In MN 137 we have a difficult translation problem. There a term that is unique in this sense, sattapada. Elsewhere we have what is presumably a homonym meaning “seven steps”. But both elements satta and pada are highly variable in meaning. Despite the wealth of semantic possibility, stretched still further by the rather baroque array of translations of the term in other languages, it is hard to find a meaning that seems very fitting.
The commentary takes satta in the sense of “sentient beings”, and pada apparently in the sense of “path” (vaṭṭavivaṭṭanissitānaṃ sattānaṃ padā). Various translators of the Pali have:
- Chalmers: tracks for creatures
- Horner: modes for creatures
- Thanissaro: states to which beings are attached (reading satta as = śakta)
- Uppalavanna: seven steps
- Bodhi and Analayo: positions of beings
We can dismiss Thanissaro’s reading, as the text clearly speaks both of attachment and letting go, so this reading, obscure in any case, is implausible. Uppalavanna’s choice of seven steps is tempting, as the phrase could easily refer to seven statments or steps in the teaching. However, the text itself contains no such group of seven. This leaves the remainder, all of which more or less agree with the commentary.
But this reading too is not persuasive. The text speaks of different kinds of feelings and one’s attachment to or letting go of them. There is no mention of sentient beings. So sure, it’s vague enough that it doesn’t definitively contradict the text, but neither does it fit very well.
The difficulty was evidently felt in ancient times, for we find an unusually diverse range of readings outside the Pali. These are described in Analayo’s Comparative Study of the Majjhima Nikaya, vol. 2 p. 783 note 132, on which I rely for the following. Unfortunately I cannot paste the whole note in, as the text is not Unicode and generates gibberish. I will spare you the many detailed references and just give the gist.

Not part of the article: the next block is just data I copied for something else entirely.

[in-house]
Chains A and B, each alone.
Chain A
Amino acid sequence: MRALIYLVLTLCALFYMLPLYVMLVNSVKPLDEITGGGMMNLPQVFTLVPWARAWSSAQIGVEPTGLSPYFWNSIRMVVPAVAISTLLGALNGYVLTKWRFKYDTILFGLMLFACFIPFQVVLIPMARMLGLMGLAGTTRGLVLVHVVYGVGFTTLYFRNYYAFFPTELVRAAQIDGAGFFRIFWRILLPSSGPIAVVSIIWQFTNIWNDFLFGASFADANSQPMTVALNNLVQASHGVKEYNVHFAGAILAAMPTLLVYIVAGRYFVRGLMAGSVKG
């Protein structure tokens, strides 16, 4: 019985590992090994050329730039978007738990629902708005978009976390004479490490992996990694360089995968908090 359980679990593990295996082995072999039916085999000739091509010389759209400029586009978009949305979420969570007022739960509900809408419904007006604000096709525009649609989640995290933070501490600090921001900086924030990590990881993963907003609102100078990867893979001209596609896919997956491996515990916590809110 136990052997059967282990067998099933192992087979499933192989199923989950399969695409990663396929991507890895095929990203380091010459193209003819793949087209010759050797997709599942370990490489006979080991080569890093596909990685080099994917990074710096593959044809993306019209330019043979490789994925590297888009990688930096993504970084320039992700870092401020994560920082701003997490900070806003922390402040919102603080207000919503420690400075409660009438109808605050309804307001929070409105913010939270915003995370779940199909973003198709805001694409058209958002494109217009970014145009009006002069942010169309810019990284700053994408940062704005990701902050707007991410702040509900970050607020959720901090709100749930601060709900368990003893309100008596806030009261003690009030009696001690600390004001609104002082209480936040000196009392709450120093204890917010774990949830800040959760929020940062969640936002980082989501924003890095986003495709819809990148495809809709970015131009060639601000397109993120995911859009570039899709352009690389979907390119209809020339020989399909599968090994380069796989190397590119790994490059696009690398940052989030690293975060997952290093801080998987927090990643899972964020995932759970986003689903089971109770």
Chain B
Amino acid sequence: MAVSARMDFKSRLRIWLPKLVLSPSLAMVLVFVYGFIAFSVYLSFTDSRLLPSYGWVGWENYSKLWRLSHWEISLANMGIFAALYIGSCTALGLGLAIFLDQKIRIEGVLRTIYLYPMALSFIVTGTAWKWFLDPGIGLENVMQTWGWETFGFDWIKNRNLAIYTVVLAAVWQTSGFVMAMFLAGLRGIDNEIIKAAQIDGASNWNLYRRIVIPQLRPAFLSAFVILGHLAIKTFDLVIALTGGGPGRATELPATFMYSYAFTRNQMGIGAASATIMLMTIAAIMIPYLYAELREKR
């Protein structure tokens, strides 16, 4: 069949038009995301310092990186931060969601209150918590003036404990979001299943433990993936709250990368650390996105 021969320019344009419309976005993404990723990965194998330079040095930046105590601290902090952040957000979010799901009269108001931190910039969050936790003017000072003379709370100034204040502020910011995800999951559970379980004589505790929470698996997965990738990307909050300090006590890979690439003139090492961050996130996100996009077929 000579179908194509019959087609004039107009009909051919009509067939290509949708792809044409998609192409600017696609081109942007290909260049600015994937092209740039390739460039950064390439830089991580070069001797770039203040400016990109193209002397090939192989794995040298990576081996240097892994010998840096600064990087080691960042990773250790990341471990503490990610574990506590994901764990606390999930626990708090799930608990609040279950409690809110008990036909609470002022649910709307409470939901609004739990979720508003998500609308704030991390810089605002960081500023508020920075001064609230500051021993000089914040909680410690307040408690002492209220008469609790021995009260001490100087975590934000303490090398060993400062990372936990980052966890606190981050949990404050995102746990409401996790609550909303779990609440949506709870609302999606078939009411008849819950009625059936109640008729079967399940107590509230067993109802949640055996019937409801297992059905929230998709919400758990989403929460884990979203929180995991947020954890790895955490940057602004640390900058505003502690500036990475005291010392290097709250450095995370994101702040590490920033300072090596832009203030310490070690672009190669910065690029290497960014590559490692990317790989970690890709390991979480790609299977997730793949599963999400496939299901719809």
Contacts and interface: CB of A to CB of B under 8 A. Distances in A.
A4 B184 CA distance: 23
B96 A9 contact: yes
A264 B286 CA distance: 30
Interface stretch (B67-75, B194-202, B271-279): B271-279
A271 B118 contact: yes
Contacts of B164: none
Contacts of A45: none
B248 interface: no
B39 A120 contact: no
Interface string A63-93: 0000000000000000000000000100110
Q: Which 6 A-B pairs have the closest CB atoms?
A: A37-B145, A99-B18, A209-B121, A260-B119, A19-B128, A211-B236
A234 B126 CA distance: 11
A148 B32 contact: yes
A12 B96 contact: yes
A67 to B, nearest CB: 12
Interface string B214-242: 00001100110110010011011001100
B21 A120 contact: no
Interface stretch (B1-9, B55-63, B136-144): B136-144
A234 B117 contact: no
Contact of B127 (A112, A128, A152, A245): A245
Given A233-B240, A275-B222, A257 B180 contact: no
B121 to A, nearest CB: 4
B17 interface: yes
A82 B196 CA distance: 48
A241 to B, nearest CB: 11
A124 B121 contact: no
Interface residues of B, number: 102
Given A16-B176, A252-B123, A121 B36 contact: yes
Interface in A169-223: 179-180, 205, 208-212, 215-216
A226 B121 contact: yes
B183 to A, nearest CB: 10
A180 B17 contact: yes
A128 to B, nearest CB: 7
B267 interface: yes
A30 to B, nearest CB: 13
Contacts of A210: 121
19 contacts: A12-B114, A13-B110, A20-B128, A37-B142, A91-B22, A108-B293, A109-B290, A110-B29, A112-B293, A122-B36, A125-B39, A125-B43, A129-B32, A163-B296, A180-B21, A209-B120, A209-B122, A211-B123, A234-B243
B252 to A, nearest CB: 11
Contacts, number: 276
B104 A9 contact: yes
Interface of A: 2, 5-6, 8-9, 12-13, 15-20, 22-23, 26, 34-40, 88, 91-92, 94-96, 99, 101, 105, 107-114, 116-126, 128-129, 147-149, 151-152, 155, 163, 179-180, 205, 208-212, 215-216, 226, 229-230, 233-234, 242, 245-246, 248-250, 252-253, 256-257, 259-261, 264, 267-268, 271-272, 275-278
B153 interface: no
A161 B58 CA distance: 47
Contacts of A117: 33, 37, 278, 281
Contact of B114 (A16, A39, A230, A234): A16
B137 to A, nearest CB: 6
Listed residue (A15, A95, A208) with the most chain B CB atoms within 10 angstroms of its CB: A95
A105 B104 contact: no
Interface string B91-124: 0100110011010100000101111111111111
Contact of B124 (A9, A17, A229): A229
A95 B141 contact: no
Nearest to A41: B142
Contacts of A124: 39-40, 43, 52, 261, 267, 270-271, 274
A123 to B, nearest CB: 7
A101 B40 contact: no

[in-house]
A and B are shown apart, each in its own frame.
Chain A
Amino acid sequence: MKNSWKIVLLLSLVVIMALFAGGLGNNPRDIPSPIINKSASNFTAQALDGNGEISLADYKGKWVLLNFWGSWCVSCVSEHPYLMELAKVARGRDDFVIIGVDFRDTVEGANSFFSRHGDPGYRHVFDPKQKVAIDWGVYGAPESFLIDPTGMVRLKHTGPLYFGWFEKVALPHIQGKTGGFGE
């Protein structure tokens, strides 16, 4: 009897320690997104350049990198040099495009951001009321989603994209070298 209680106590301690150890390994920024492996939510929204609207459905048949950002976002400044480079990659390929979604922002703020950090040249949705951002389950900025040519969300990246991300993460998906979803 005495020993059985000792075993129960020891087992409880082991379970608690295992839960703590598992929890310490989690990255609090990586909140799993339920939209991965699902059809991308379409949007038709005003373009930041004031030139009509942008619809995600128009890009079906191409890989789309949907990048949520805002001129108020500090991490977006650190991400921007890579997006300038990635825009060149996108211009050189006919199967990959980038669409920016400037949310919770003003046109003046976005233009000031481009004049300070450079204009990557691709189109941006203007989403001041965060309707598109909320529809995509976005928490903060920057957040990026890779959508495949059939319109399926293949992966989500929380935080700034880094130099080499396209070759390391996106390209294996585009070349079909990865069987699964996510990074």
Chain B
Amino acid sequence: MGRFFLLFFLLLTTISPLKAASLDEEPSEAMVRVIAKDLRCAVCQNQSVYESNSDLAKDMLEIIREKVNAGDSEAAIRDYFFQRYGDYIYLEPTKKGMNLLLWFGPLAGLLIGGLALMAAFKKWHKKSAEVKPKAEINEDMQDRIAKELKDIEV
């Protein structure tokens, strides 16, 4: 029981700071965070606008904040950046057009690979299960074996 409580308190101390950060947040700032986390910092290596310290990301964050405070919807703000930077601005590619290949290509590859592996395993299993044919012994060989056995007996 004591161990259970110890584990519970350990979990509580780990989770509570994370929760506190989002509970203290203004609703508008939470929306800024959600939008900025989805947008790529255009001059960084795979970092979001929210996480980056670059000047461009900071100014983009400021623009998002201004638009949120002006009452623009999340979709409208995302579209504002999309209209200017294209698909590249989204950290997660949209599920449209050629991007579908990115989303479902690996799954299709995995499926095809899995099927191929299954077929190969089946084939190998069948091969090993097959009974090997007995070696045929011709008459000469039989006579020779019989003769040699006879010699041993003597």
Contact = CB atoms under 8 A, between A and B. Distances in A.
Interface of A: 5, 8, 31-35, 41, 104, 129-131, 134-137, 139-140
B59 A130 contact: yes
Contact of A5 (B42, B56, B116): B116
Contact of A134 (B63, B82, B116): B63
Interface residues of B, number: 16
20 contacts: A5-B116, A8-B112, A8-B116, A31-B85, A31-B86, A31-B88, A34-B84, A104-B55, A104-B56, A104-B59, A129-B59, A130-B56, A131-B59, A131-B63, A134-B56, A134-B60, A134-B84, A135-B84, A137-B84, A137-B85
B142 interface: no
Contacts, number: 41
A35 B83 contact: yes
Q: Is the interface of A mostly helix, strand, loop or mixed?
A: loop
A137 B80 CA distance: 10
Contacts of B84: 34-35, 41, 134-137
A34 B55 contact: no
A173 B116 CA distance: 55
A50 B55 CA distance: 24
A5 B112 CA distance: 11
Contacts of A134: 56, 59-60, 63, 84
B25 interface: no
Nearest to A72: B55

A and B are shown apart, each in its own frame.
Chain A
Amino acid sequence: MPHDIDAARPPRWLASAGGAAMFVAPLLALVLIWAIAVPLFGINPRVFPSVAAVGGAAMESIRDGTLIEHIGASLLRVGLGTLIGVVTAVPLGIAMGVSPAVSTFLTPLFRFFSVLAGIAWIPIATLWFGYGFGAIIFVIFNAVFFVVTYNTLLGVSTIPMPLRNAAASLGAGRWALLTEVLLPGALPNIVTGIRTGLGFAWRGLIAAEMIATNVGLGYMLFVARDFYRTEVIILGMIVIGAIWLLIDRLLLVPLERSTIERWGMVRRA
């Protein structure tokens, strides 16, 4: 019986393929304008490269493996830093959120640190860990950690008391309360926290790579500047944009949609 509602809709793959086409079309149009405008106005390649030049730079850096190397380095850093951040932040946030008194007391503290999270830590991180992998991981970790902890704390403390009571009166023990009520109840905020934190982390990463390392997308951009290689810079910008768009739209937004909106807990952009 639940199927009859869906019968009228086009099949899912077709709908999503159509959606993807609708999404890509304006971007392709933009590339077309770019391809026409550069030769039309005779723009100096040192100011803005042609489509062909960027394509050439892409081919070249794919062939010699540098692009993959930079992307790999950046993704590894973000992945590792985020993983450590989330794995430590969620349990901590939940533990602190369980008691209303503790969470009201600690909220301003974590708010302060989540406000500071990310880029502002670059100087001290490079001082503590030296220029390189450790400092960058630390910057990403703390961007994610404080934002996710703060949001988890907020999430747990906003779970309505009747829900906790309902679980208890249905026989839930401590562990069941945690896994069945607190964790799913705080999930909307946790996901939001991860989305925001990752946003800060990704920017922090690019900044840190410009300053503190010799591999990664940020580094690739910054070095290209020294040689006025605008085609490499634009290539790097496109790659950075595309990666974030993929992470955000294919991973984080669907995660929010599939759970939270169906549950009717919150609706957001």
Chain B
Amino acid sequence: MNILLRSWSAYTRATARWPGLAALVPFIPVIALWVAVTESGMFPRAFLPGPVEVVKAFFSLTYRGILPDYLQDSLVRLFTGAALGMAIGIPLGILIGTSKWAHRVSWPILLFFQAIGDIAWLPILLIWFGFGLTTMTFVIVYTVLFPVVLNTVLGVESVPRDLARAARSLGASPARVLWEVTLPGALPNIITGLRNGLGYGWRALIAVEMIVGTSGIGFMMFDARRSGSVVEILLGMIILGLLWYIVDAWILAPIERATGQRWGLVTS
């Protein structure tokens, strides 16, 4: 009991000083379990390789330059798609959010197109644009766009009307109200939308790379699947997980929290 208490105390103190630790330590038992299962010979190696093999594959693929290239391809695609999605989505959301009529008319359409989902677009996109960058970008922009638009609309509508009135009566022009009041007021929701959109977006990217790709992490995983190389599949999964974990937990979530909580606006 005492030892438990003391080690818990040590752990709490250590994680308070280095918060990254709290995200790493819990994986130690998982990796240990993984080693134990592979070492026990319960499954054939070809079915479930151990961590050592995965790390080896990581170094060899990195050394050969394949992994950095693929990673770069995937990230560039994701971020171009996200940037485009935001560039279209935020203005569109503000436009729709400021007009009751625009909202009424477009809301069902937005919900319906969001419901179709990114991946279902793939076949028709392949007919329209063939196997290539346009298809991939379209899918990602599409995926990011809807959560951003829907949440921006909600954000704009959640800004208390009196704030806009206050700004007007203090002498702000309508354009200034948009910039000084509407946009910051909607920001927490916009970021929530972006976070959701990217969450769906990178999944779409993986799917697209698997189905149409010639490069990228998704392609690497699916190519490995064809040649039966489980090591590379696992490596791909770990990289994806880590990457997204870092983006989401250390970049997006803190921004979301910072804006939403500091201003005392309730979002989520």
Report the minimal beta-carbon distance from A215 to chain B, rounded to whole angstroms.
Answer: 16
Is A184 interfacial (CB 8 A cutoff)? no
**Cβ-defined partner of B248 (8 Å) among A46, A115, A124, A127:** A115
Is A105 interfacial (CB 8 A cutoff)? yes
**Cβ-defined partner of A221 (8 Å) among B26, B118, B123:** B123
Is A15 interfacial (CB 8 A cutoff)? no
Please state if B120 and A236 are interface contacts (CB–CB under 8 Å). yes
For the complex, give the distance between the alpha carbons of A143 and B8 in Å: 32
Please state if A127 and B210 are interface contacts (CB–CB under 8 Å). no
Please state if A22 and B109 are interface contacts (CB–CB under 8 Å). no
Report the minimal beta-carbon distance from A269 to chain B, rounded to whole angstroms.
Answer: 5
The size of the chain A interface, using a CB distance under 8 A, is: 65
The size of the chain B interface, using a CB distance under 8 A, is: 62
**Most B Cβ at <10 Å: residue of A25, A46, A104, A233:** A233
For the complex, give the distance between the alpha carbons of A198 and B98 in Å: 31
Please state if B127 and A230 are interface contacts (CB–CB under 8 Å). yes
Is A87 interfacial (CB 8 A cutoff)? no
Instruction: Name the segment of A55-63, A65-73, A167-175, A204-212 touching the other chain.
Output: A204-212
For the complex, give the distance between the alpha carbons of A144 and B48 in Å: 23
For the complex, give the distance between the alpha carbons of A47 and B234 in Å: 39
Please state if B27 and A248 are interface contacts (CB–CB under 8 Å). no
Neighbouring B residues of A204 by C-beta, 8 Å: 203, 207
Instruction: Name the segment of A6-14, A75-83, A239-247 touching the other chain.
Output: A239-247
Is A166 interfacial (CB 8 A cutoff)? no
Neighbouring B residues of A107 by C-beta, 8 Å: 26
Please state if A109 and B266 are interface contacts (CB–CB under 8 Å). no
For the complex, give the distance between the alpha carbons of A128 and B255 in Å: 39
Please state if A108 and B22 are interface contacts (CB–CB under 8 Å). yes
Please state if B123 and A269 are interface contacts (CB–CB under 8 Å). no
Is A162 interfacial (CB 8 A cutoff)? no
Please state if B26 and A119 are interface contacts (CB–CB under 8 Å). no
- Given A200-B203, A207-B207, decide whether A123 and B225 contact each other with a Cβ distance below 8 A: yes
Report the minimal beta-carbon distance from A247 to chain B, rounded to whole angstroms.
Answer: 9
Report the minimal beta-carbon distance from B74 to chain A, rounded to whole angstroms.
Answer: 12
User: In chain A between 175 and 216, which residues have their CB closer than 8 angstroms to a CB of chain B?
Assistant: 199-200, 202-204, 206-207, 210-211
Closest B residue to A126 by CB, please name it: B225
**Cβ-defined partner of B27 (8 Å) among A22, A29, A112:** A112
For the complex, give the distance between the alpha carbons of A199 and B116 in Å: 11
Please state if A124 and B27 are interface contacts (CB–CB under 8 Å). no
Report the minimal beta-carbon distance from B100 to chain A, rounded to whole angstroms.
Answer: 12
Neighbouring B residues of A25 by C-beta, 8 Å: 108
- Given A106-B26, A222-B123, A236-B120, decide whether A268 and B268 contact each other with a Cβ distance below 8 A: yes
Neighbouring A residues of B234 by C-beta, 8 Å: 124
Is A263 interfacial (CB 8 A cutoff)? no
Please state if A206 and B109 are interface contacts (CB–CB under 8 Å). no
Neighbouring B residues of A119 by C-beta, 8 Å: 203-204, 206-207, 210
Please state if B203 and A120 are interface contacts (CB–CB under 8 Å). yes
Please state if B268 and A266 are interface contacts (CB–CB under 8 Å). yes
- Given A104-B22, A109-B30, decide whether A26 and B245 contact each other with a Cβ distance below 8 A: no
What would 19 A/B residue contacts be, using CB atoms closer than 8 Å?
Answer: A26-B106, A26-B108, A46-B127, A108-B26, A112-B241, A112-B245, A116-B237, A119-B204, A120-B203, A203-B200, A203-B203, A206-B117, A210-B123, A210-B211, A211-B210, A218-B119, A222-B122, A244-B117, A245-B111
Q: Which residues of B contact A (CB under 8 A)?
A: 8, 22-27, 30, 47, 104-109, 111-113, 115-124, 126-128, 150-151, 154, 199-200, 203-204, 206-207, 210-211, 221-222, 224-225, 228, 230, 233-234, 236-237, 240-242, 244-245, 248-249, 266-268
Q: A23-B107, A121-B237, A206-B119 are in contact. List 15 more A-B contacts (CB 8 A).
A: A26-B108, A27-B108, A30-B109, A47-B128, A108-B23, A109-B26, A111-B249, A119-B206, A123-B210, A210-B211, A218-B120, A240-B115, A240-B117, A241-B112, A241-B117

- Some Chinese texts have a reading “knives”, which Analayo suggests may be a mistake for something like the Pali sattha (or else a copyists mistake in Chinese).
- Some texts have something like the Pali satthar, i.e. “teacher”.
- One text evidently represents śāntapadāni.
Now, none of this inspires great confidence, and the most likely situation is that at an early date, the use of a common word with a variety of meanings and near-homonyms led to confusion throughout the tradition. Nevertheless, have a look at three of the possible Sanskritic terms here:
- śastra = knife
- śāstṛ = teacher
- śānta = peace
Notice anything? Of the three Sanskrit sibilants, they all begin with the same one, ś. Maybe this is just a coincidence. But there’s another Sanskrit word that begins with ś, namely śāta. This is cognate with the Pali sāta, which means “pleasure”. In Sanskrit, however, the sense “pleasure” is less important, and it has a stronger sense of “sharp”. It doesn’t take much to see this in the first of our Chinese examples, “knife”.
Sāta fits much better with our context, as the whole passage is literally about what gives rise to feelings. The problem is, of course, that sāta refers only to pleasant feelings, whereas the text discusses neutral and painful feelings too. Perhaps, after all, this is on the wrong track. Or perhaps it has a more oblique sense here: “states beginning with pleasure”, or “bases for pleasure, etc.”
I don’t know much about the process of dialectical transformation in ancient Indic, but I wonder whether it might have begun with sāta + a secondary suffix, perhaps a possessive -iya, so sātiya in the sense of “pertaining to pleasure”. Then it contracts to sātya. The consonants are simplified to sātta. Then the long ā is shortened as usual in Pali before a doubled consonant: satta.